Hot heads need to simmer down and take stock. You need to find positive ways of dealing with your anger, and that doesn’t mean ignoring it or hoping it will just go away. The first line of heart defence against chronic anger is management, and those with serious hair-triggers should seek out anger management and counselling.
But it all starts with recognising when you’re angry and then working to shift your mind frame, according to Dr Wayne Sotile, author of Thriving With Heart Disease. He suggests that when you feel your anger and your heart rate rising, you use one of the following “coping statements” to get a grip:
* ‘I can’t accomplish anything by blaming other people, even if they are responsible for the problem. I’ll try another angle.’
* ‘Will this matter five years from now? (Five hours? Five minutes?)’
* ‘If I’m still angry about this tomorrow, I’ll deal with it then. But for now, I’m just going to cool off.’
* ‘Acting angry is not the same as showing that I care.’
These are all ways of distancing yourself from your emotion and developing mindfulness.
Another way to deal with anger is to deliberately release tension as it builds up, so that you never find yourself in the throes of a “pressure cooker outburst”. The Heart and Stroke Foundation of South Africa recommends regular exercise for this: whether it’s walking, swimming, running or riding a stationary bike, a consistent exercise programme not only strengthens your body but also reduces stress.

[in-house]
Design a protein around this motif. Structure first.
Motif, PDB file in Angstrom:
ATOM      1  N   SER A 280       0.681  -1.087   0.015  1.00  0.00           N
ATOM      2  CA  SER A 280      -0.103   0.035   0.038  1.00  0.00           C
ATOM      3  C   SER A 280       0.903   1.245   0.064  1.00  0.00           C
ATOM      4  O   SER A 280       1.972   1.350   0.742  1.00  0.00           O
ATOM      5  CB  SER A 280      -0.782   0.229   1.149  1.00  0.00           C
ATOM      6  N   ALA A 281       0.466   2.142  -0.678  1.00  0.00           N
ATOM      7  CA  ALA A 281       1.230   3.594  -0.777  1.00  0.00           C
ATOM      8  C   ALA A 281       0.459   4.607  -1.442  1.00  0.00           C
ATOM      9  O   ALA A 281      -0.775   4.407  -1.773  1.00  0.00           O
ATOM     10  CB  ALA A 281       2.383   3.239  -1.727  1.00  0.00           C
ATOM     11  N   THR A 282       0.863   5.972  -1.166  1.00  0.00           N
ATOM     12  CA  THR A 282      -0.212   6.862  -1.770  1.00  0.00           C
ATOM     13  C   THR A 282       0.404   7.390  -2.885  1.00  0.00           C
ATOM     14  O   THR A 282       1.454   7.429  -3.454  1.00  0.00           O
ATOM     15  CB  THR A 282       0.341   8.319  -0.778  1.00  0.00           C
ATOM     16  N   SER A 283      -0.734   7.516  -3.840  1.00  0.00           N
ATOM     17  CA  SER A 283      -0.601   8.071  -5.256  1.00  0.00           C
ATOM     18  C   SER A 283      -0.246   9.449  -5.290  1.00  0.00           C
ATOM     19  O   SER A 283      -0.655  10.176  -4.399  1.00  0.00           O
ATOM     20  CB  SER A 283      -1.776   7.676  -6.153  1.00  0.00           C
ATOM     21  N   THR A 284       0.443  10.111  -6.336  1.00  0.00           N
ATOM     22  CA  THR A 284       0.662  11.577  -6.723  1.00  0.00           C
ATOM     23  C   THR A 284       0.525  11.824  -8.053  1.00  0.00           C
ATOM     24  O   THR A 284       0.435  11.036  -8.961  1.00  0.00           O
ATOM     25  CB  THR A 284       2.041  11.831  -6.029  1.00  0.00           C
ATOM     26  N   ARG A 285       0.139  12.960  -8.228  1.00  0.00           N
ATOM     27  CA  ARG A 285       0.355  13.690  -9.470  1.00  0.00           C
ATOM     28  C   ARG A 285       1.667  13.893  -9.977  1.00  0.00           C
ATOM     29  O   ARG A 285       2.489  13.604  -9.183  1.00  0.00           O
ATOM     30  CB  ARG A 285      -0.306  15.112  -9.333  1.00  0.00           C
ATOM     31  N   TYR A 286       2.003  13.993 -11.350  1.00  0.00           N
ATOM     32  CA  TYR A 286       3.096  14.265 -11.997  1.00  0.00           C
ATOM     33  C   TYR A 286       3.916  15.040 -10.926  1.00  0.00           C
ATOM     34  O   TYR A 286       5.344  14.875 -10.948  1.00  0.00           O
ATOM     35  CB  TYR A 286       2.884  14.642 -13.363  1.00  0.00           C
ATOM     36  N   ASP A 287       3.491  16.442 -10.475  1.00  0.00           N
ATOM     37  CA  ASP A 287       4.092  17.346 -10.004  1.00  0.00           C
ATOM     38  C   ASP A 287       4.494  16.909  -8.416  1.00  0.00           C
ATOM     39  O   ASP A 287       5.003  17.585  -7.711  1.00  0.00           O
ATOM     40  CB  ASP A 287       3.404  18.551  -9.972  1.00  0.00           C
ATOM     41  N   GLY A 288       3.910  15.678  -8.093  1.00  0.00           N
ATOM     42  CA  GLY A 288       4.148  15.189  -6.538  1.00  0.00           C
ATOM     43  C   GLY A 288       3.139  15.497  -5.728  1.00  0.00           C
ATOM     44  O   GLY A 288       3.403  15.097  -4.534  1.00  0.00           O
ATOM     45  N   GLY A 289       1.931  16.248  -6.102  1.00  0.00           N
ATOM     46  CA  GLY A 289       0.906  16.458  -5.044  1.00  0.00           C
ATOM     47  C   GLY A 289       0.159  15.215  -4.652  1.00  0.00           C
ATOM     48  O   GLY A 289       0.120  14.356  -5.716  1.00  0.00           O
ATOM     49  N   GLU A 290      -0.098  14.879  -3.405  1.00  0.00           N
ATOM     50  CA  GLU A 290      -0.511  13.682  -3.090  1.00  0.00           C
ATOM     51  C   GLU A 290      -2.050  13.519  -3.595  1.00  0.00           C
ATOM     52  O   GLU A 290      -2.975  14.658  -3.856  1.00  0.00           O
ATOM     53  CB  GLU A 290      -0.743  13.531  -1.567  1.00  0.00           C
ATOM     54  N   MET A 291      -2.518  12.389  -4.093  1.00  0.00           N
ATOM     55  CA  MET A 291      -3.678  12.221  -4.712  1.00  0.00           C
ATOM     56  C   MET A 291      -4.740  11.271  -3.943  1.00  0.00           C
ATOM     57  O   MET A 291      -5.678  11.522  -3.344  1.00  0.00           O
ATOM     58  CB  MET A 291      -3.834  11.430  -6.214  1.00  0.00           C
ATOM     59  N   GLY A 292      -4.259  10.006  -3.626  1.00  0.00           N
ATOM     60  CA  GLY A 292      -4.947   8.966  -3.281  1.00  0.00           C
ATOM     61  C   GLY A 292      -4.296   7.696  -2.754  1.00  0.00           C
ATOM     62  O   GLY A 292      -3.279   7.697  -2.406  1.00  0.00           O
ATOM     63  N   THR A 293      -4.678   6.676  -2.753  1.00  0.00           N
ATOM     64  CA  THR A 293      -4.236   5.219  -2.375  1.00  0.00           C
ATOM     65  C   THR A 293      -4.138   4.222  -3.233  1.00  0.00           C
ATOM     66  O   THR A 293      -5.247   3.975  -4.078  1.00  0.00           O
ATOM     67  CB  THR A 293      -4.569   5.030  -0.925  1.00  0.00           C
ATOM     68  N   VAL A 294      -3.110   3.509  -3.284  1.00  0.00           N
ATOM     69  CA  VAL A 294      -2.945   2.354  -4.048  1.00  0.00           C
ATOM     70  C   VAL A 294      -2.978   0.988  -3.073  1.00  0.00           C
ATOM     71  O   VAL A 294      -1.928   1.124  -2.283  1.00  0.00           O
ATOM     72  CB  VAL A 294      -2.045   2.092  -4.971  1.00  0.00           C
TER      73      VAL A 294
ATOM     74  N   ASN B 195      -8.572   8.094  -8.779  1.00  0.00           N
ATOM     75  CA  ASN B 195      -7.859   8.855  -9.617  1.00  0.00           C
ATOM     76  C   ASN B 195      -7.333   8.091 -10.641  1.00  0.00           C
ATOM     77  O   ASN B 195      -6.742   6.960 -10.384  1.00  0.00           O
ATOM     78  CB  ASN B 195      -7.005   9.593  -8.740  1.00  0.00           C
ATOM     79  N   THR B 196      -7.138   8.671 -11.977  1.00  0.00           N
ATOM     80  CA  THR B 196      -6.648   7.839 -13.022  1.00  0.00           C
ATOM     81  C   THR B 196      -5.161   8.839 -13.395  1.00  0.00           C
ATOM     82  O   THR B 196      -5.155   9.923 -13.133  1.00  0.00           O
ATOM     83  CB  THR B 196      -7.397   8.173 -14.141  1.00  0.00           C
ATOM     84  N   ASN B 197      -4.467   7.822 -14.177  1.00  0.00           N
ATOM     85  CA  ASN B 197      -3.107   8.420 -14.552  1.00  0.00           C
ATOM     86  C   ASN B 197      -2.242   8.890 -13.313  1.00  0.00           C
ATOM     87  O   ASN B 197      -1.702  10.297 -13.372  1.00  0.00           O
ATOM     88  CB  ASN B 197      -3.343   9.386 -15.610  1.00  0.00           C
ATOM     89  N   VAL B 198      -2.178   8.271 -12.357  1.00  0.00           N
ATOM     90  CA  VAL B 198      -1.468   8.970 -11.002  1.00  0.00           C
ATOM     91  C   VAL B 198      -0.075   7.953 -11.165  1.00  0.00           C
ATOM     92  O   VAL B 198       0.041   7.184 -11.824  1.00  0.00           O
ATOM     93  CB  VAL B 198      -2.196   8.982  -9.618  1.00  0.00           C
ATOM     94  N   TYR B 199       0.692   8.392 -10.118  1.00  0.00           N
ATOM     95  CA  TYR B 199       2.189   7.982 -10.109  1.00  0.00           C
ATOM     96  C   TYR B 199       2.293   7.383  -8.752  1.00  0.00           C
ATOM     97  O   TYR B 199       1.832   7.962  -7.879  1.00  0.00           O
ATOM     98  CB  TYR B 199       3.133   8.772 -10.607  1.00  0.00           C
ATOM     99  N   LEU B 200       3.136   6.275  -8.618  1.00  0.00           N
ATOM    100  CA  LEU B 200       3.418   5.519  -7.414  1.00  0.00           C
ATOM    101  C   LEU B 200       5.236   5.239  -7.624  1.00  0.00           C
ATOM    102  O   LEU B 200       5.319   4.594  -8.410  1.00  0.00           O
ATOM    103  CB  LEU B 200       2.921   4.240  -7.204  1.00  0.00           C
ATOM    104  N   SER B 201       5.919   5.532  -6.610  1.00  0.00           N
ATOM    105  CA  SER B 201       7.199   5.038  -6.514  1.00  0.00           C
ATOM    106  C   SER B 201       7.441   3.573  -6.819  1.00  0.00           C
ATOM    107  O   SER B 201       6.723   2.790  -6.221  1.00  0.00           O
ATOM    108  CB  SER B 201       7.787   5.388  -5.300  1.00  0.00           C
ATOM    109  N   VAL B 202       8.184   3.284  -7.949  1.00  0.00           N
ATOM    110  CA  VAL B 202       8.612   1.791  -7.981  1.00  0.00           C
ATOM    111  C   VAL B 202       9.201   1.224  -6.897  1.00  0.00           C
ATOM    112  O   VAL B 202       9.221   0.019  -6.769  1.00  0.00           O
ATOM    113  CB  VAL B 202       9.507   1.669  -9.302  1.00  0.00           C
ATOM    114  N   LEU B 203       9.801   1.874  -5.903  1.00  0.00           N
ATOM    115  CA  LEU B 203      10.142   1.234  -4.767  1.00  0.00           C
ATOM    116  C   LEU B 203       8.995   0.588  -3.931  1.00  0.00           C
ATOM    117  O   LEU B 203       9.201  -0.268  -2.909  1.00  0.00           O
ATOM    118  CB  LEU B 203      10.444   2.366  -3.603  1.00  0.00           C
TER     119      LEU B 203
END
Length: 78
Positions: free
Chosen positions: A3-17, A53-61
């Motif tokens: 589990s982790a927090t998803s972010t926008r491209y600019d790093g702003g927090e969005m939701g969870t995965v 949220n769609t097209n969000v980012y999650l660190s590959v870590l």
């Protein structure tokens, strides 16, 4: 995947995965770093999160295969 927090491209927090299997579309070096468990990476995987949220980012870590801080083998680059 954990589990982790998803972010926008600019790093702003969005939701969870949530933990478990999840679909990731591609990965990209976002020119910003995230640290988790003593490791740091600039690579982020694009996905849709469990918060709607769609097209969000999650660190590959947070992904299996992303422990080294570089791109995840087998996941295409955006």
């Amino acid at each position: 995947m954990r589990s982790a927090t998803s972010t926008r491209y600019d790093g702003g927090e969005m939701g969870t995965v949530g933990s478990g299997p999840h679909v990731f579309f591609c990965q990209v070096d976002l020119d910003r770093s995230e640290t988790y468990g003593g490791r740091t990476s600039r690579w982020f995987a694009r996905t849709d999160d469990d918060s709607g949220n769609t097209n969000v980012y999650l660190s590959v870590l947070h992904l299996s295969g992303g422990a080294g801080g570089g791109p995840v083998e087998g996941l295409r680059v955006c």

There’s also regular meditation, yoga, the use of slow and deep breathing, and the trick of counting slowly to ten (or even a hundred if need be!) before responding to something that has angered you. Or try leaving the room or go for a walk for a few minutes or hours before discussing something that is making your blood boil; or write out your response before talking about it.
Those with more serious anger issues could try to keep an anger journal in which they write out and record the negative feelings, thoughts and emotions. In this way the anger can be expressed through an outlet, but in a measured, healthy way.
So the next time you feel that prickling sensation, the sweaty palms, the racing heart, see if you can stop yourself. Perhaps the most sobering thing of all is to ask yourself, ‘Is this worth dying for?
This article originally appeared in Heart magazine, for the Heart and Stroke Foundation SA